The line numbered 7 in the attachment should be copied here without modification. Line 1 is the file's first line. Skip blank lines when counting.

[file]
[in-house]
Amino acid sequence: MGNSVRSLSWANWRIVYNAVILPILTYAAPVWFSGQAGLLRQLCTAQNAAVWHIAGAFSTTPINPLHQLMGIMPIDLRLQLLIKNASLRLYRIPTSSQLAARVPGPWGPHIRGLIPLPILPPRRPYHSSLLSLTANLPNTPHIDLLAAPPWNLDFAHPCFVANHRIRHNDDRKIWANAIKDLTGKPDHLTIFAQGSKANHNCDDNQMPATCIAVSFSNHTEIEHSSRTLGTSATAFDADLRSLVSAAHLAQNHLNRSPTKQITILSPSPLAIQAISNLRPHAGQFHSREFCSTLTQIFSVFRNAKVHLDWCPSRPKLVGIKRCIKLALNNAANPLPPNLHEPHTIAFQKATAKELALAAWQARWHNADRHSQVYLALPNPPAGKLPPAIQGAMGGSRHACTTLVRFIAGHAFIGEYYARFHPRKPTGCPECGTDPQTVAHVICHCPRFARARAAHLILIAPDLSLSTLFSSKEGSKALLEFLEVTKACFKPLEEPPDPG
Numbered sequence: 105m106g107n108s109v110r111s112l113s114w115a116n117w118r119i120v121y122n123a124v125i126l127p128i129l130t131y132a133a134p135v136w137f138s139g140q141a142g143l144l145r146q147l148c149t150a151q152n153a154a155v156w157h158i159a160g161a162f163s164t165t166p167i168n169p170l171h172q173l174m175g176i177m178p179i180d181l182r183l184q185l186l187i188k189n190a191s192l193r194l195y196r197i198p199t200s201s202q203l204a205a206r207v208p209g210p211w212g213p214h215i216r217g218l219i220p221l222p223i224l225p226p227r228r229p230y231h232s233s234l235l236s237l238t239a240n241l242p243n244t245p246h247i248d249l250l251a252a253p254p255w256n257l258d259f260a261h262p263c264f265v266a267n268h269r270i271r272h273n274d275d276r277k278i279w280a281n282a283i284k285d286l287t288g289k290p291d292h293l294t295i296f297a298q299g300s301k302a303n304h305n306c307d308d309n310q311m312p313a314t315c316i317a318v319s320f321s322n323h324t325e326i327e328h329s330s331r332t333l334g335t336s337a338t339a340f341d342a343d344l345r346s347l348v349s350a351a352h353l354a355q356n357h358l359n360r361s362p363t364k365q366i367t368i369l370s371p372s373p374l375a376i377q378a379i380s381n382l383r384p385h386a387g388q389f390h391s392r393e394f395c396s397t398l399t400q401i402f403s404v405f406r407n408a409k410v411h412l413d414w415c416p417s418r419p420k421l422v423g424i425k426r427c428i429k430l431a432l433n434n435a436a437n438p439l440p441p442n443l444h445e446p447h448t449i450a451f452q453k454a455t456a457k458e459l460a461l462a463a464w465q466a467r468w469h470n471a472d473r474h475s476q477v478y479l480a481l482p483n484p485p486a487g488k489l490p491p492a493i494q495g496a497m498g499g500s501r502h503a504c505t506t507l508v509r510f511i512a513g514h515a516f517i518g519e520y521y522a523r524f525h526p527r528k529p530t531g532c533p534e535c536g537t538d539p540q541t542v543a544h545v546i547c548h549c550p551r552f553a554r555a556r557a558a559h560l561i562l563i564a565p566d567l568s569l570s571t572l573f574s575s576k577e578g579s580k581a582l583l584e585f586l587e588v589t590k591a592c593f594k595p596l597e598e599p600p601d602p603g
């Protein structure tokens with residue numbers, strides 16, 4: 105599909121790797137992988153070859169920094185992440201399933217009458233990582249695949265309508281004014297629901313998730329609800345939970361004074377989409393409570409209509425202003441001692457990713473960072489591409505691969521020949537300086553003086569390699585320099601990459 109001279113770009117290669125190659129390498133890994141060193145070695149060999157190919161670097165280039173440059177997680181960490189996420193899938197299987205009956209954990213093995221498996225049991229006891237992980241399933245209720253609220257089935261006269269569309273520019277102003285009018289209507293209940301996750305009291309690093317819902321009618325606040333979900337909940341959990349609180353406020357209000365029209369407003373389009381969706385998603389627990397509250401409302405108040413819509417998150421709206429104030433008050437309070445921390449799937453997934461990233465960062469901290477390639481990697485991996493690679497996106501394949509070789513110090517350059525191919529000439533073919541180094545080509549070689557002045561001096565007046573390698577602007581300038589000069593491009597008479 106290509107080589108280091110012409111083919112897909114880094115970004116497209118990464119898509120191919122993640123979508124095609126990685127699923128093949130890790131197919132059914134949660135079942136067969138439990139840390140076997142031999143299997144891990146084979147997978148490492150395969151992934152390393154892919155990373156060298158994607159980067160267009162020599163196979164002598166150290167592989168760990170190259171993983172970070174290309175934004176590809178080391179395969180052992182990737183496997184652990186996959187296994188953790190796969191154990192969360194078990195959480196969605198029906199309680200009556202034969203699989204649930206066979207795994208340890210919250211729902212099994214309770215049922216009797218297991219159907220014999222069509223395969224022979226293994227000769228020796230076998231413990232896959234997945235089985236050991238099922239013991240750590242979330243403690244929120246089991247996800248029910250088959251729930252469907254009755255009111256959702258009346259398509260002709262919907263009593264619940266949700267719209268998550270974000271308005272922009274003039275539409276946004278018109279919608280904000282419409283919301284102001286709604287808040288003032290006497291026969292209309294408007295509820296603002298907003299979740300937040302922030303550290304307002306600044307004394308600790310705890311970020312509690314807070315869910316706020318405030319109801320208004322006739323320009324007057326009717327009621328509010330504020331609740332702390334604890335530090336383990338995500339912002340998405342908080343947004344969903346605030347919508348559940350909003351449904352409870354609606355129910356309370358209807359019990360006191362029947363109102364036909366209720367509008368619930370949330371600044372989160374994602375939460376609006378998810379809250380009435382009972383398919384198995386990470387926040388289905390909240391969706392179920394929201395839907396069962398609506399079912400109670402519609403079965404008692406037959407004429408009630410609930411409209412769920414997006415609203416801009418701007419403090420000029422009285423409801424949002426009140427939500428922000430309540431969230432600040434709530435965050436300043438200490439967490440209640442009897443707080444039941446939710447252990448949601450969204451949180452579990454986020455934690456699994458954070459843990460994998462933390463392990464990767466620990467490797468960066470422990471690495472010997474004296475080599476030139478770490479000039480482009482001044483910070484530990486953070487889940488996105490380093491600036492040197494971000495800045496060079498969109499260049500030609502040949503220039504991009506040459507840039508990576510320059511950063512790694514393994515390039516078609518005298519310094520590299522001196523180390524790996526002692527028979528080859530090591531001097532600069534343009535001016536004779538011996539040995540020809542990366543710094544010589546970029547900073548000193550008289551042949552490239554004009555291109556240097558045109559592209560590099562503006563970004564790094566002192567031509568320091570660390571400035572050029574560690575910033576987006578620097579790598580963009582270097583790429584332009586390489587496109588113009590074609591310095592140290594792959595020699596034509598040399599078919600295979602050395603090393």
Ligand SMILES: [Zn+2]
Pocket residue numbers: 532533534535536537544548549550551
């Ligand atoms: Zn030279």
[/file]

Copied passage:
């Ligand atoms: Zn030279």